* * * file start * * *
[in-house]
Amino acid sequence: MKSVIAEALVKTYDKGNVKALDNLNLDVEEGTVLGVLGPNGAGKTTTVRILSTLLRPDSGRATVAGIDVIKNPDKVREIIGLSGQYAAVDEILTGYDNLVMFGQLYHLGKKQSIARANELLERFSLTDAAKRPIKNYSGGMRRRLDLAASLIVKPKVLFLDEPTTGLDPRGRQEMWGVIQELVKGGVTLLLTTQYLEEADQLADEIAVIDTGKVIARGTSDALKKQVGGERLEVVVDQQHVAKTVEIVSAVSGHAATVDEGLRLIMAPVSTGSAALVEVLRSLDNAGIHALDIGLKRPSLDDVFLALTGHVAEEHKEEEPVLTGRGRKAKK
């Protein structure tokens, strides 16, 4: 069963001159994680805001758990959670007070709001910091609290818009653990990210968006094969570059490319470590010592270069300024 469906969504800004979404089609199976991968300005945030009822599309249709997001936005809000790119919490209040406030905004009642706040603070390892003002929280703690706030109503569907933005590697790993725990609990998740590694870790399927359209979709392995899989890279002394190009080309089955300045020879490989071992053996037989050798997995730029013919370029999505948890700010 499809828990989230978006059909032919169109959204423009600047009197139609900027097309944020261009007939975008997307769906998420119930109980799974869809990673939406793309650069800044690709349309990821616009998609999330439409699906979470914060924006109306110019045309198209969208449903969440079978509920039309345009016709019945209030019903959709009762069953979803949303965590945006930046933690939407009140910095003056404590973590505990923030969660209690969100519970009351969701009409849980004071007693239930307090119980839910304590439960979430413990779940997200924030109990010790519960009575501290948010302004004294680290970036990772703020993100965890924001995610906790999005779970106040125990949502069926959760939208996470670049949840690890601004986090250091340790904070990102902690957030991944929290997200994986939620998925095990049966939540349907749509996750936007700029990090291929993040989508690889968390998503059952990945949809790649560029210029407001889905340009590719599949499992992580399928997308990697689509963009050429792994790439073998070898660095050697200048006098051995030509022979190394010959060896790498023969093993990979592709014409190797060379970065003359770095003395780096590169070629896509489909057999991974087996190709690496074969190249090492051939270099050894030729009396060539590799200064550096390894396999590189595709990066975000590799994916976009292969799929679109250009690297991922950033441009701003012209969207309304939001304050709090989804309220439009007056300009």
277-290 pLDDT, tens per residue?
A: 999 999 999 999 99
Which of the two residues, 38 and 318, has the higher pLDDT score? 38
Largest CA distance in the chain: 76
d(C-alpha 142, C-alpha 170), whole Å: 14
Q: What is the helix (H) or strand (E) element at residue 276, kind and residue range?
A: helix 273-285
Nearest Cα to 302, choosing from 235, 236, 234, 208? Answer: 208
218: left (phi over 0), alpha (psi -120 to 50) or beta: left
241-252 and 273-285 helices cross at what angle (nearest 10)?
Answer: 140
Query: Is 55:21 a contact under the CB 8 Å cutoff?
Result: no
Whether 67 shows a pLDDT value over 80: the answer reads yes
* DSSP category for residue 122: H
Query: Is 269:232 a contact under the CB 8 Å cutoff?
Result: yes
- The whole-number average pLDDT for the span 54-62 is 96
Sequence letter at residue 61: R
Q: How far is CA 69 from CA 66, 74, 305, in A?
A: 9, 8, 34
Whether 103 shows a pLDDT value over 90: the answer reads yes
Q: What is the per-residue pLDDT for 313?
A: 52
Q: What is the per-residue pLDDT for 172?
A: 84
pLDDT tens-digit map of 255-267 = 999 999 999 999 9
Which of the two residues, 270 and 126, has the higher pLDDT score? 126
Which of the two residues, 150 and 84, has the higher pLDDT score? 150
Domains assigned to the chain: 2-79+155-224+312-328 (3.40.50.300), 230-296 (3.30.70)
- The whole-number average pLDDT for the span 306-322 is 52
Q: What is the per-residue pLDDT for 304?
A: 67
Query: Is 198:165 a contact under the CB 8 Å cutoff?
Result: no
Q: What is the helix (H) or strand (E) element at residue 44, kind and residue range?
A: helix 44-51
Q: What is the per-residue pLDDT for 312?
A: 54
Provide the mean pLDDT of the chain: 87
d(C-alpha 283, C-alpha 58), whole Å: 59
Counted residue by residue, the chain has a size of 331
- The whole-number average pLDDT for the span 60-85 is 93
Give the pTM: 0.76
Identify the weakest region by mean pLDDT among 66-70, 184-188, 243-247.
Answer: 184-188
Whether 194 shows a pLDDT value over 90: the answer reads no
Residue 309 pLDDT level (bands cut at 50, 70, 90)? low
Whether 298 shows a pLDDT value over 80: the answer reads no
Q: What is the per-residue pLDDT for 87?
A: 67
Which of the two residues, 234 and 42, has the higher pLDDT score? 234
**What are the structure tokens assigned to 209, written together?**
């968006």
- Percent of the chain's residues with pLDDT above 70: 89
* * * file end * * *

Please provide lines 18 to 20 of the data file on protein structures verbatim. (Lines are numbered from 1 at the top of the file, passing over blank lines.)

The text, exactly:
* DSSP category for residue 122: H
Query: Is 269:232 a contact under the CB 8 Å cutoff?
Result: yes